Gay pride to be on display at Huntington Beach – Orange County Register
Huntington Beach will soon join several other Orange County towns in hoisting the LGBTQ flag at Town Hall.
Council members voted 6-0 on Monday, May 3 to fly the rainbow striped banner for nearly six weeks. The flag will be hoisted on Harvey Milk Day, May 22, and will continue to wave until the end of June – LGBTQ pride month.
The rainbow flag is a welcome symbol for lesbian, gay, bisexual, transgender, queer and questioning people.
Other towns in the county that display the banner during LGBTQ month include Irvine, Santa Ana, and Anaheim. Since 2019, he has flown year round at the Orange County Fair & Event Center.
Councilor Erik Peterson did not attend the meeting on Monday. Over the past year, he has repeatedly complained that the increasingly progressive city council has tackled social justice issues, arguing that anti-hate statements are ineffective.
“I just can’t vote for something that does nothing, or just because it feels good,” Peterson said in early April of passing a statement condemning white supremacy.
On social media and at the May 3 meeting, some Huntington Beach residents agreed with this sentiment.
“I would like to implore this council to focus on the job you were elected to do, which is overseeing public safety, financial solvency and infrastructure,” said Cari Swan, who telephoned the Zoom meeting.
“People who fall into your division category deserve to be seen like everyone else in this community under one flag – the flag of the United States of America,” Swan argued. “They don’t need your pity or your polarization.”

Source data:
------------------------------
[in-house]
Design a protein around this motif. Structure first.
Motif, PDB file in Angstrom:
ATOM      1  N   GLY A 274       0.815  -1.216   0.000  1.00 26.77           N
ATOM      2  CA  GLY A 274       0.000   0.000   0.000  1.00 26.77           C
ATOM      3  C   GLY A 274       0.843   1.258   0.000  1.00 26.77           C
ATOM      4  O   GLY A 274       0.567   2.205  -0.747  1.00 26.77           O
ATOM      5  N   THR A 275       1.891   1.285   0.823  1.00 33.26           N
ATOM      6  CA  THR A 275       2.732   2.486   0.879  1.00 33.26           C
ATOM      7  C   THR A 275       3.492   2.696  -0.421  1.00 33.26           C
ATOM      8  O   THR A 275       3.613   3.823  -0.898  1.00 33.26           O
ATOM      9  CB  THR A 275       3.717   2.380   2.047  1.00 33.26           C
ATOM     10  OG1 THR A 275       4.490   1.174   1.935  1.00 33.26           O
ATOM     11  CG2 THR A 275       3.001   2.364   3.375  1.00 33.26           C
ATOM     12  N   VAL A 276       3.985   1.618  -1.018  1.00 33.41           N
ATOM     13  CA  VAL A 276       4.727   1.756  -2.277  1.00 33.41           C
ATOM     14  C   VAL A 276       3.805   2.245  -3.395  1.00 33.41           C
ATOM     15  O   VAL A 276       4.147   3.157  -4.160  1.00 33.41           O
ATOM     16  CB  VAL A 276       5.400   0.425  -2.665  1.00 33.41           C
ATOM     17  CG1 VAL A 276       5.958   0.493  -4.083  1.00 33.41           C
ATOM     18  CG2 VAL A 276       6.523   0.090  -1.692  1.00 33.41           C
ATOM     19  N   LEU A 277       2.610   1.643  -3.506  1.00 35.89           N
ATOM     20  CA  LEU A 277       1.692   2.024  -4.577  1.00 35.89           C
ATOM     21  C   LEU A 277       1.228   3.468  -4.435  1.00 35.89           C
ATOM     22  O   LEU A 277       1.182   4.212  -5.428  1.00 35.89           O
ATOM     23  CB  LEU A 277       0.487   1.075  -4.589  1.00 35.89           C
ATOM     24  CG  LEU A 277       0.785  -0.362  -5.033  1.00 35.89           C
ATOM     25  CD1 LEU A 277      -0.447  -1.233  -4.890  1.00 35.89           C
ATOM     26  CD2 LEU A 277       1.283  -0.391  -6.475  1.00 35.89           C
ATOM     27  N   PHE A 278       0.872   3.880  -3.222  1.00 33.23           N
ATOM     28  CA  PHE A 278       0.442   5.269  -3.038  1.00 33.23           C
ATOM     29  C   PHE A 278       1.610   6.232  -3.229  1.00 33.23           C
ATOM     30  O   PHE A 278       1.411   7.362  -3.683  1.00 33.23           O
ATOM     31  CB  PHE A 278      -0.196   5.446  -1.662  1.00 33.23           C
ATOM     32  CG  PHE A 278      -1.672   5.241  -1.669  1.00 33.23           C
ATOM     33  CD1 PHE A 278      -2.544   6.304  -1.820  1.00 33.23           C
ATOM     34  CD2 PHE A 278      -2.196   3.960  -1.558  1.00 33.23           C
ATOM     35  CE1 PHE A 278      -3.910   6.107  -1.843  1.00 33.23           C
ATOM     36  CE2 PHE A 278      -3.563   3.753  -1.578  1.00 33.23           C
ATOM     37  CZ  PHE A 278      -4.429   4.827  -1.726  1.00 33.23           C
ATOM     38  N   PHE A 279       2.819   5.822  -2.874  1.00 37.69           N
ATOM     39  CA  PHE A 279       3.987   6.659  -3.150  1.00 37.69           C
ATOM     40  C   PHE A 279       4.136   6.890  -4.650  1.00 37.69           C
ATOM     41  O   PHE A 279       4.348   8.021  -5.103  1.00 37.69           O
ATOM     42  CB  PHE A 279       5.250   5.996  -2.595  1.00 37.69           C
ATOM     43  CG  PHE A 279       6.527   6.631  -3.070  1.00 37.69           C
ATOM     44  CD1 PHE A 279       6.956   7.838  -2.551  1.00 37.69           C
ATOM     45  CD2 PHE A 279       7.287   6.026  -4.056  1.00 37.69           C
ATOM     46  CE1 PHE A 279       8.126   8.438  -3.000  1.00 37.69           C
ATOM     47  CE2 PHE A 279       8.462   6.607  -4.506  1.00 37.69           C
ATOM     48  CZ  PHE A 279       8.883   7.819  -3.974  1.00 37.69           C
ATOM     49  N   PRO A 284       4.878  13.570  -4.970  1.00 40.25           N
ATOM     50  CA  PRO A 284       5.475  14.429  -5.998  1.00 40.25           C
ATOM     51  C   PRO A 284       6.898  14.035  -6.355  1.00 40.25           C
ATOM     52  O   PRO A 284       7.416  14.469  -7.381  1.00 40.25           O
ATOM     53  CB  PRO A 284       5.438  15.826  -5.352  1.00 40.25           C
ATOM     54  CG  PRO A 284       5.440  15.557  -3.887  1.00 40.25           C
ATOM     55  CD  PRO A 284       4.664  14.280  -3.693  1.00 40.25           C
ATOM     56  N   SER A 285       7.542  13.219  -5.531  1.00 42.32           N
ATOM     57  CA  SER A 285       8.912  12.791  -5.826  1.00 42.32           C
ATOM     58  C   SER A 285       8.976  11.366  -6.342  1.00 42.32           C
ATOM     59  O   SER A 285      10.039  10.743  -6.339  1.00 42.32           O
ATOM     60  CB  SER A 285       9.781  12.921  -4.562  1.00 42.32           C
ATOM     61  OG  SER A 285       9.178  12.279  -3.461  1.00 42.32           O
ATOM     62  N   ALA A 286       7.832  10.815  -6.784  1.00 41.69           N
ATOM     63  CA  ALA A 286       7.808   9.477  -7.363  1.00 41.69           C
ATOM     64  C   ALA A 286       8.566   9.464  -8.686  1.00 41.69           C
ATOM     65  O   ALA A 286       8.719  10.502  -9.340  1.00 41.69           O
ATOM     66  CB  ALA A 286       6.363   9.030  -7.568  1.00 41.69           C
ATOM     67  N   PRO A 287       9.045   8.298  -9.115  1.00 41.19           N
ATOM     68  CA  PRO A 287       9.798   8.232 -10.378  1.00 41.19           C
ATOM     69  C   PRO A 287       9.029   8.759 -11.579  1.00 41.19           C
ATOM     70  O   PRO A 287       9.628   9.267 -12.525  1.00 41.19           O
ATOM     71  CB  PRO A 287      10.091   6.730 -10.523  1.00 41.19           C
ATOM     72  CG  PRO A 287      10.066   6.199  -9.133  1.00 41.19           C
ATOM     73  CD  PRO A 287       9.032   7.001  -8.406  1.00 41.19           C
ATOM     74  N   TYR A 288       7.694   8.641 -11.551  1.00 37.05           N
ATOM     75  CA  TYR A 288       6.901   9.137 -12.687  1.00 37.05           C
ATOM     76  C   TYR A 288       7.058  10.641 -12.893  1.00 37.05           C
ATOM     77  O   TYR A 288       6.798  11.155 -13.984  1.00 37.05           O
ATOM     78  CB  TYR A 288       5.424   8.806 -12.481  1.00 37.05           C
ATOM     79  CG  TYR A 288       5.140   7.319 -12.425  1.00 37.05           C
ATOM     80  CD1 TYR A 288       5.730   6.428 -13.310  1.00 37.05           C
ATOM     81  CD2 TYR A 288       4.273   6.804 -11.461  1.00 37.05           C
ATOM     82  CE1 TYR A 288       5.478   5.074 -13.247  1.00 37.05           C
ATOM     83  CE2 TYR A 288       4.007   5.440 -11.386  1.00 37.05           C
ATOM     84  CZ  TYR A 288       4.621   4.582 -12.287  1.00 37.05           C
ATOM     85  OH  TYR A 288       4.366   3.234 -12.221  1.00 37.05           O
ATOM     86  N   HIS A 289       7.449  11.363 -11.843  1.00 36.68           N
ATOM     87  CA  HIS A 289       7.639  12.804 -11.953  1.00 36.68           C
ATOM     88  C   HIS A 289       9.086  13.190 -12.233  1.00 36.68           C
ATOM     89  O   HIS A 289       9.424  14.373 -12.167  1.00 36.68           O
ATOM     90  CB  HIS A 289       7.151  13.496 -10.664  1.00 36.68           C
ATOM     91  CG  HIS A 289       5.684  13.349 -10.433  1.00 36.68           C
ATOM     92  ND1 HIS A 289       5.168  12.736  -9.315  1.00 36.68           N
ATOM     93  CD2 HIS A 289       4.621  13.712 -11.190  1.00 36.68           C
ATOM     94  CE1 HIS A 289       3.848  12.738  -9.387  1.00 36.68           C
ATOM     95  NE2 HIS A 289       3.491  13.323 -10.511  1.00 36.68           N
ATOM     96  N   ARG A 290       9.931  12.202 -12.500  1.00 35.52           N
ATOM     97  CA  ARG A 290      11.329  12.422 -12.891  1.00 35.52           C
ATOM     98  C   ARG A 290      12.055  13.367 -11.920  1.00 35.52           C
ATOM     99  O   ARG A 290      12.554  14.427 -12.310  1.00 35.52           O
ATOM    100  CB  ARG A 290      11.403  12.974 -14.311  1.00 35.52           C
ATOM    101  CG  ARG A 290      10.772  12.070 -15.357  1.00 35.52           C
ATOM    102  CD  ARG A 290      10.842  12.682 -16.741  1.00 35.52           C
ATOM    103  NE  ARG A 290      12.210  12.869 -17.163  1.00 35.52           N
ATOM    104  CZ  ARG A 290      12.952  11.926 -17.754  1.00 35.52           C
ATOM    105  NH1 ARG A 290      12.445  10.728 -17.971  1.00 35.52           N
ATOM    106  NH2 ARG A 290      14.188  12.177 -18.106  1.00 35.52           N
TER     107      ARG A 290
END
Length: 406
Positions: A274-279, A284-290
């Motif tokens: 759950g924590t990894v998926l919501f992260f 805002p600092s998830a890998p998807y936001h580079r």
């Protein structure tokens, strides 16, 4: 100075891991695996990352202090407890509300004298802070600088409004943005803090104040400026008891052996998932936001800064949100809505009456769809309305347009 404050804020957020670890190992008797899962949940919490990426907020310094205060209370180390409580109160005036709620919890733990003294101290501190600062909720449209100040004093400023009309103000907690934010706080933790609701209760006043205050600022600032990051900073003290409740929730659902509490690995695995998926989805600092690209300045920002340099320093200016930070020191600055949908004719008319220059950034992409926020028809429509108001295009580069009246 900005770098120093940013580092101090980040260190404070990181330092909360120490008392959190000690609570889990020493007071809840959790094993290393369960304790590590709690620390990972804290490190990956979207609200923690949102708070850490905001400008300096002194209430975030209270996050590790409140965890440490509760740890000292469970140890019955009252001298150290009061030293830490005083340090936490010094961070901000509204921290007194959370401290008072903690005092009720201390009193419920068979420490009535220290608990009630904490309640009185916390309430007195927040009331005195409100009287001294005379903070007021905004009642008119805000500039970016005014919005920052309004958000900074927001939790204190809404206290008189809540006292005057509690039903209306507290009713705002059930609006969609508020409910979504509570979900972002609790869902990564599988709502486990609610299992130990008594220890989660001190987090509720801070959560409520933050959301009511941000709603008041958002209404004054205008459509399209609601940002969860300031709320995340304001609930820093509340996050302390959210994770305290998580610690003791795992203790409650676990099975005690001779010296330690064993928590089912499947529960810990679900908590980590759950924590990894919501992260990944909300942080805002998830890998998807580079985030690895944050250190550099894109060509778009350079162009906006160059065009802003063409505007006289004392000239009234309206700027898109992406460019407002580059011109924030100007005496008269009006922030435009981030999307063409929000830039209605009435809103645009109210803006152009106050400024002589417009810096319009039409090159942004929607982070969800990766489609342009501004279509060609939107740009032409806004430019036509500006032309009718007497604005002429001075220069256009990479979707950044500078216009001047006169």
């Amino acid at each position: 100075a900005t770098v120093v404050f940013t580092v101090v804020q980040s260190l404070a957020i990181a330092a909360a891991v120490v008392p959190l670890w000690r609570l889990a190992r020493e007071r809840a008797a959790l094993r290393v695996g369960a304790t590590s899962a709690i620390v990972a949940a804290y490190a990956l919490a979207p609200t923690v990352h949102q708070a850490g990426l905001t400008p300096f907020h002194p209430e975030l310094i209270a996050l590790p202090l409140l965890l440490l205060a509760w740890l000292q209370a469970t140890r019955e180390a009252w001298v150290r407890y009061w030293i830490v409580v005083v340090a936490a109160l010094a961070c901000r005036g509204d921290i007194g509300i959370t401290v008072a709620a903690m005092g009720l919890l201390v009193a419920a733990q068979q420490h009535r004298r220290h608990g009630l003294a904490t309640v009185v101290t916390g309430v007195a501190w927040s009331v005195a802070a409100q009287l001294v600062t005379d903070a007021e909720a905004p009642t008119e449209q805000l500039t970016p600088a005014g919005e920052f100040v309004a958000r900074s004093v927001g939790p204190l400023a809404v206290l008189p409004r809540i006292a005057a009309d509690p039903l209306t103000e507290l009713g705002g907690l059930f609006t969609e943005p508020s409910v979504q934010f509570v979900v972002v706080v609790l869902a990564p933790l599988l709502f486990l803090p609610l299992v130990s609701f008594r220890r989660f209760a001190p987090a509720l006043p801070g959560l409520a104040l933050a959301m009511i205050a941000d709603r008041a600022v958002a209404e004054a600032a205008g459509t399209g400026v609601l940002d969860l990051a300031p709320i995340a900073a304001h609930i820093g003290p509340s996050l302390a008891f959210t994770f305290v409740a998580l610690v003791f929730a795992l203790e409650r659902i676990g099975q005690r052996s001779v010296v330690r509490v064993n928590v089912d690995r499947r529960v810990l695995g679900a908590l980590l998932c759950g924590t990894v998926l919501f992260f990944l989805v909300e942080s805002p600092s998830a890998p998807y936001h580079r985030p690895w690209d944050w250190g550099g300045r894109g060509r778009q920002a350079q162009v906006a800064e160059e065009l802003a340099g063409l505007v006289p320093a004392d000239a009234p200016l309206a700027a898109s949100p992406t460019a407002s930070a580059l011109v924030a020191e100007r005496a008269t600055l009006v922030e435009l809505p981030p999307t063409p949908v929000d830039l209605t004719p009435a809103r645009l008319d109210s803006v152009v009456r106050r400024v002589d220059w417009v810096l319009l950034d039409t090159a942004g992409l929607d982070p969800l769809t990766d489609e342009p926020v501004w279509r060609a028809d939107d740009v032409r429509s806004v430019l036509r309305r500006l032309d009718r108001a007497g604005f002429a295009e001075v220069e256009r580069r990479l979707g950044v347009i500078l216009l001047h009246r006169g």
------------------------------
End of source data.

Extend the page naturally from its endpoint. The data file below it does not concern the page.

However, most of the dozen or so speakers supported the agenda item, drafted by Mayor Kim Carr and Councilor Dan Kalmick.
Councilor Natalie Moser said much of the criticism she saw on Facebook pages about the flag suggested council members should focus on “the real work at hand.”
“We can do more than one thing at a time; we can rub our stomachs and pat our heads, ”Moser replied, adding,“ Our job is to improve public health and public safety in the community.
Carr and Moser read aloud letters they had received from transgender and gay youth. “I thought I could tell you what this flag means to me as a 12-year-old non-binary,” one child wrote. “It means you see me. And that means that I am perfect the way I am.
City Councilor Mike Posey admitted he intended to vote differently, but was influenced, in part, by those who oppose the city’s decision.
“I saw on social media that the pursuit of social justice is not our job, and I disagree,” Posey said. City council, he said, is responsible for “ensuring that our friends and neighbors have a high quality of life and part of that high quality of life is knowing that where they have moved, the welcome mat is out ”.
Earlier in the evening, Kelly Miller, president of Visit Huntington Beach, discussed the resumption of tourism in the city after the coronavirus shutdown. In her comments, Councilor Barbara Delgleize said her presentation was part of the debate over the LGBTQ flag – and the economic benefits of a total softening of Huntington Beach’s image.
“This community is tough,” Delgleize said. “It’s not an easy place if you don’t agree with someone… We have the opportunity this summer to really take it out of the park in so many ways – to fill our hotels, beaches, restaurants . It really is that kind of spirit that could make the difference. “